Gold Prices

Gold prices experienced a slight pullback on Monday as investors locked in some profits after a strong first quarter. Bullion prices surged over 7% in the first three months of the year, with the majority of gains coming in March due to fears of a U.S. banking crisis. 

Although government intervention has calmed these concerns, gold remains relatively underpinned by safe-haven demand.

Investors will be turning their attention to a series of U.S. economic readings this week for more cues on monetary policy. Manufacturing activity data for March is expected to show that the U.S. manufacturing sector remained in contraction territory for a fifth straight month.

The main point of focus this week will be nonfarm payroll data for March, due on Thursday. Traders will be watching for any signs of weakness in the labor market, which could open the path for a less hawkish Federal Reserve this year.

A less hawkish Federal Reserve bodes well for gold, which has largely overtaken the dollar as a preferred safe haven over the past month. This has been driven in part by expectations that the Fed will taper its hawkish stance to avoid further pressure on the banking system.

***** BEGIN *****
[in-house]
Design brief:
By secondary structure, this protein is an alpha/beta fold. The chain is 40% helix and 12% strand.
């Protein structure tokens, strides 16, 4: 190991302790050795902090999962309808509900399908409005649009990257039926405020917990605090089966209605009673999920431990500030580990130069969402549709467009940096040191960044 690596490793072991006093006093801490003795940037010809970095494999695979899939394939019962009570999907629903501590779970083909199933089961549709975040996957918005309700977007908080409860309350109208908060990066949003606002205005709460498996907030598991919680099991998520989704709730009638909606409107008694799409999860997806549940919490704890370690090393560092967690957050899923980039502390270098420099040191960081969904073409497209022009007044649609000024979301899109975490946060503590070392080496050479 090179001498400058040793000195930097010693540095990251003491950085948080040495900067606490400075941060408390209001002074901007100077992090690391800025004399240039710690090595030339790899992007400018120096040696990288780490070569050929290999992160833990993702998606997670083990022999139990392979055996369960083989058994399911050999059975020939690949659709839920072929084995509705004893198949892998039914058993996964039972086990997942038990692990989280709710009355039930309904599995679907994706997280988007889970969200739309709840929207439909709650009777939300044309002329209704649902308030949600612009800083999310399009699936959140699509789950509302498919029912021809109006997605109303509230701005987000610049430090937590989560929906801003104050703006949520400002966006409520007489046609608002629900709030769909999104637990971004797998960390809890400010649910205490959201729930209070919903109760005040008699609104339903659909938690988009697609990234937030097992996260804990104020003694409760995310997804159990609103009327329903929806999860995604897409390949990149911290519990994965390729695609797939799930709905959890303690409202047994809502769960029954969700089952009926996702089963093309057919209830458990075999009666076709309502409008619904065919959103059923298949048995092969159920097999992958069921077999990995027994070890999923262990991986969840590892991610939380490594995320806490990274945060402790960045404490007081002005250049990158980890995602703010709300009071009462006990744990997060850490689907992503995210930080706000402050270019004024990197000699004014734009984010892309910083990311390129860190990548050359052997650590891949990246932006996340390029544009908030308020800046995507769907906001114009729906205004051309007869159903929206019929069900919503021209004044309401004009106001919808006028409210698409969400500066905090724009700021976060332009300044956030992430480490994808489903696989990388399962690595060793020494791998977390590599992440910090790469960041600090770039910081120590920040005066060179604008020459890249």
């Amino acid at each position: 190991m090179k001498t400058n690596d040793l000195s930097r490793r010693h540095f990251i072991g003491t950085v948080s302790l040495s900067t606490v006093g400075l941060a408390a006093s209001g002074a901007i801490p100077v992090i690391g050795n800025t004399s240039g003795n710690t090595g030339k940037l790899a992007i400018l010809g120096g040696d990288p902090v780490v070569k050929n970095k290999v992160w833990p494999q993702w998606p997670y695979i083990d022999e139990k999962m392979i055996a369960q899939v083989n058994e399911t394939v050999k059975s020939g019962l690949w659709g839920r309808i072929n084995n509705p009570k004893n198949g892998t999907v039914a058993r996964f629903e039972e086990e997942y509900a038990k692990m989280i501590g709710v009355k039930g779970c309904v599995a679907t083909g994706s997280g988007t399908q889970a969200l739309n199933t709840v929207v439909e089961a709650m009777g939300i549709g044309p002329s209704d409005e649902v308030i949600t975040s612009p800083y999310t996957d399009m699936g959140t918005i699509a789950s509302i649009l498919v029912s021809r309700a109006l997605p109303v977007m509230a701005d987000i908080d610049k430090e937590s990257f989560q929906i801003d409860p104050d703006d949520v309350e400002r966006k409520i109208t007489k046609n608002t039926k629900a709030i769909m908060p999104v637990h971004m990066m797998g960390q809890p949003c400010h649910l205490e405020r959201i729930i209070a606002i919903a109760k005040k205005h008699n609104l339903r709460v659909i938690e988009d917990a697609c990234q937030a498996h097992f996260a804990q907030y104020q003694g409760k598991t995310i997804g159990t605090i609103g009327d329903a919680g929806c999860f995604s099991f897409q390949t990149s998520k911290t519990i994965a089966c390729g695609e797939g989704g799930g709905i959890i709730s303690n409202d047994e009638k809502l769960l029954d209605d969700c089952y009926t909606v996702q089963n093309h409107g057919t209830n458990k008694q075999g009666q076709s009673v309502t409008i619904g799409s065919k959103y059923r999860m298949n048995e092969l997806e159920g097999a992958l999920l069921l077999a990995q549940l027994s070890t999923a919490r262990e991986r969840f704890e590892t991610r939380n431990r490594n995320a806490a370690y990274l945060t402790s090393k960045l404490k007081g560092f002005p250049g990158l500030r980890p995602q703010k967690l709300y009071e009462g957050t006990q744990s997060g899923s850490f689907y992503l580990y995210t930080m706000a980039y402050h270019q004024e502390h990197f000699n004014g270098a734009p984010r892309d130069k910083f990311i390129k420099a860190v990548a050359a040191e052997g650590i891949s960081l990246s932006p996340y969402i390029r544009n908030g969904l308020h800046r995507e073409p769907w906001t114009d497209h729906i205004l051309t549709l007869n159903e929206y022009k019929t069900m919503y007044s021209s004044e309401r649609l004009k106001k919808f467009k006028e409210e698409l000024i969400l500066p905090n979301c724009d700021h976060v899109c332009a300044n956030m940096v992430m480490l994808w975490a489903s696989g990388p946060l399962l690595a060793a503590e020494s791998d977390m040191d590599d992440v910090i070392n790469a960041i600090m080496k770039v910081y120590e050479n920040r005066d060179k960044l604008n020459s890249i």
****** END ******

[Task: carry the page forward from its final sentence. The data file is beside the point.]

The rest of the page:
In addition to gold, platinum futures sank 0.5%, while silver futures fell nearly 1%. This was likely due to the strength of the dollar, which recovered from steep losses in March, as well as some strength in Treasury yields.

Among industrial metals, copper prices fell on more signs of weakening manufacturing activity in major importer China. A private survey showed that manufacturing growth in China slowed sharply in March, which could dent its appetite for commodities and point to an uneven economic recovery in the country. Copper futures fell 0.4% to $4.0663 a pound.


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